Canyonlands Research Bibliography


Dike Formation, Cataclastic Flow, and Rock Fluidization During Impact Cratering: an Example from the Upheaval Dome Structure, Utah


T. Kenkmann

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Earth and Planetary Science Letters





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Patterns of deformation within the Upheaval Dome structure, Utah, provide important clues for assessing its possible impact origin. The complex structure of the innermost part of the dome, in particular of the White Rim Sandstone (WRS), indicated almost complete loss of internal coherence during deformation. The WRS displays extreme thickness variations, blind terminations and frequent embranchments at nodular-like points. This, together with discordant contacts to the country rock, shows that WRS builds up a dike network that was emplaced and injected during formation of the central dome. Microstructural analysis reveals that the macroscopically ductile appearance is achieved by distributed cataclastic flow. Beside intergranular fracturing, dislocation pile-ups, dislocation arrays and tangles indicate additional dislocation glide activity in quartz of WRS during deformation. Disseminated brittle fault zone networks postdate the cataclastic flow and represent the final deformation increments during formation of the central uplift. The distributed cataclastic flow in the sandstones was initiated by grain crushing, collapse of pore space, and subsequent intergranular shear. In accordance with experimental data for a similar sandstone (Berea sandstone), it is suggested that a high effective confining pressure, most likely in excess of 250 MPa, was necessary to cause this flow. At shallow crustal levels (maximum possible depth of burial of WRS is 3 km) such a high confining pressure can only be build up dynamically by impact processes. From deformation mechanisms, a shock wave attenuation to magnitudes below the Hugoniot elastic limit of quartz can be deduced and correlates with a burial of the studied sediments of 2-3 km at the time of the impact.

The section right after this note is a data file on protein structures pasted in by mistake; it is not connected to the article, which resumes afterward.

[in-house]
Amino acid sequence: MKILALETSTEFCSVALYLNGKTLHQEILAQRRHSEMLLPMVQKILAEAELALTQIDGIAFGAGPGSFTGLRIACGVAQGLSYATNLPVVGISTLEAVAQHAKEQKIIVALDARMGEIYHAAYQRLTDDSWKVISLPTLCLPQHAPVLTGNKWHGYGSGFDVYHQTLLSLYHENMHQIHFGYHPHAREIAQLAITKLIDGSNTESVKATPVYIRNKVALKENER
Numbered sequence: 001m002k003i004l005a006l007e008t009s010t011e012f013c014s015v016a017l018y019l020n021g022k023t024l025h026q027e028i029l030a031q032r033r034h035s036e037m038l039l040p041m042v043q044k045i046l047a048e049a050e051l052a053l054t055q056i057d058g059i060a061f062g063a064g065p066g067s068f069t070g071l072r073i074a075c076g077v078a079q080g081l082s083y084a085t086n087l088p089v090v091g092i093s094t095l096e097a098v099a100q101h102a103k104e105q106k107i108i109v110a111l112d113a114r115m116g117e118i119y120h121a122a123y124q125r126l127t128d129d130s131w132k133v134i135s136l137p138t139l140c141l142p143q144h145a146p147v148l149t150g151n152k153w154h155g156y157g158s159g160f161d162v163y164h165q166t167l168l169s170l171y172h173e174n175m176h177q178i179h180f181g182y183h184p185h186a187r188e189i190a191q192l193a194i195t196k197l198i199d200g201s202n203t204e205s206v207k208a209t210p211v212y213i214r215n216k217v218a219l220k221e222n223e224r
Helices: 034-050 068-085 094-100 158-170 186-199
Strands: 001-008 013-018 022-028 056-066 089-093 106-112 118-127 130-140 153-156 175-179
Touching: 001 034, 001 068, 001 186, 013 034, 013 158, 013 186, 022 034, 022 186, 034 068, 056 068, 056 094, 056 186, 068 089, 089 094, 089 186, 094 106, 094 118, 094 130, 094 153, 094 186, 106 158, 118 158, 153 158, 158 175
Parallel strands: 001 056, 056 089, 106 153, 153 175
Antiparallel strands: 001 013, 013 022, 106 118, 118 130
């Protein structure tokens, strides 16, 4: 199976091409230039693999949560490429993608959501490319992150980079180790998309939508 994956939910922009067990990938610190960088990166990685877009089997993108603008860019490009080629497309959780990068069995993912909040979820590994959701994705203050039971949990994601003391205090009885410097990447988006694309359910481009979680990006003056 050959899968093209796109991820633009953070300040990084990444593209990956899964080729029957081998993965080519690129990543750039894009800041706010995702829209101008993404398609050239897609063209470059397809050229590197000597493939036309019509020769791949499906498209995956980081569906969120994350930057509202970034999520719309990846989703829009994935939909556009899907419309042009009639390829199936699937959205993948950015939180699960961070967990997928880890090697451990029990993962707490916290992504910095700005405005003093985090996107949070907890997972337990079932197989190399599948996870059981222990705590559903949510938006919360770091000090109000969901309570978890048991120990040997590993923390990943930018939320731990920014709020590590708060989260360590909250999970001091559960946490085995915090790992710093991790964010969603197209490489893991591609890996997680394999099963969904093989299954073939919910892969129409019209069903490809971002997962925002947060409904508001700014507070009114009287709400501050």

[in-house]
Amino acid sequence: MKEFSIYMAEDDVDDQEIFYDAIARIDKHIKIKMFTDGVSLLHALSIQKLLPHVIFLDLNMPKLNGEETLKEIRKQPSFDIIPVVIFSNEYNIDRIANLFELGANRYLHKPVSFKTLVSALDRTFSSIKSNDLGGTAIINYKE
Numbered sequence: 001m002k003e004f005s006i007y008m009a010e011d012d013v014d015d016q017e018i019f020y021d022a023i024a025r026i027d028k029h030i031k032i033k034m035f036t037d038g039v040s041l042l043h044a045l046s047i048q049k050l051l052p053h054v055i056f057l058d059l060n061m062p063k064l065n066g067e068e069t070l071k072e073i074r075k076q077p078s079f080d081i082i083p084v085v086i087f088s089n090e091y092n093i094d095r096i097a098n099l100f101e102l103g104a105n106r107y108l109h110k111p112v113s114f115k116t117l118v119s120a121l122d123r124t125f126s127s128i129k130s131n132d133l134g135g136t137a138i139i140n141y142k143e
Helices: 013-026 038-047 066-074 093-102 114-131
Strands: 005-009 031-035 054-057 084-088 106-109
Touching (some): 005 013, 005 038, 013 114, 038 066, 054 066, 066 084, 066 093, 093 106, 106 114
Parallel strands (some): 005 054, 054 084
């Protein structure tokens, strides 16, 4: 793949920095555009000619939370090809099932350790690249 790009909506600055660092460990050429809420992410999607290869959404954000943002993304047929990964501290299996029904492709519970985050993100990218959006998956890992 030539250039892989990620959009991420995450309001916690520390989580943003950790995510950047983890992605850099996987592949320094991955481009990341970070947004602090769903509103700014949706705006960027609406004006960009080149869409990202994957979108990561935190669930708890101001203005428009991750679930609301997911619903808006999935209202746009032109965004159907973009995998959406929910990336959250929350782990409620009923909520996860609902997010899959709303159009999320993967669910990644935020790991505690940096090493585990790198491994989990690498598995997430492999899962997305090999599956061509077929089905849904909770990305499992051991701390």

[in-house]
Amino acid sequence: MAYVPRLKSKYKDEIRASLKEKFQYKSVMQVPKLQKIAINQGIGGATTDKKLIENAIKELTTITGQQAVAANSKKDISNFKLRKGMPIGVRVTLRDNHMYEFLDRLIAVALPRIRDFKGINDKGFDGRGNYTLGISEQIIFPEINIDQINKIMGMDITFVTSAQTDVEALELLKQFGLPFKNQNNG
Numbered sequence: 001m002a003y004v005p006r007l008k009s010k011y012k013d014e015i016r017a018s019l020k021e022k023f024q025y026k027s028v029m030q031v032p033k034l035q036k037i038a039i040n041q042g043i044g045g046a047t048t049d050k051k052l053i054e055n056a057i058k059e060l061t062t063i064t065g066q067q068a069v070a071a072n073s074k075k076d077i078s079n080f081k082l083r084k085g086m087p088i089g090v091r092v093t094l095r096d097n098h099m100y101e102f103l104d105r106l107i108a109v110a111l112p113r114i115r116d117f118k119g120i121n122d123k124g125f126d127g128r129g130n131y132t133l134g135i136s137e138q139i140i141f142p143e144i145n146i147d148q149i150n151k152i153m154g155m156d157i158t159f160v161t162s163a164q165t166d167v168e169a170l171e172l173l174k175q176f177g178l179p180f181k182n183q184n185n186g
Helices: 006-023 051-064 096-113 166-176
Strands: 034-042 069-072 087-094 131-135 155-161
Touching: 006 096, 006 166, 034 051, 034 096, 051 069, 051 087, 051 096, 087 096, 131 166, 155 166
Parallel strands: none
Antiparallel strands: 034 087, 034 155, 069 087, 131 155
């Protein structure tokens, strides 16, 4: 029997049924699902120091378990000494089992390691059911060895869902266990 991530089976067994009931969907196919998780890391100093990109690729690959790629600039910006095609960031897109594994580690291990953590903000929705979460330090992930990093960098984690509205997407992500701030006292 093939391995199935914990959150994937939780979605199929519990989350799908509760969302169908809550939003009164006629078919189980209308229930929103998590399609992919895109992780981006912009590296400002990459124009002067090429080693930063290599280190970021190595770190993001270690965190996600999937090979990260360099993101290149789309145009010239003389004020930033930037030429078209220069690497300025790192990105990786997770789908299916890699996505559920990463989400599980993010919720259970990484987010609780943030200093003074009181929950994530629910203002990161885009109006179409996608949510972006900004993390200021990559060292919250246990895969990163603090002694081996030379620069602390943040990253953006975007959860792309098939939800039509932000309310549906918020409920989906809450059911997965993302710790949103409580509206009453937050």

Originally published by Elsevier.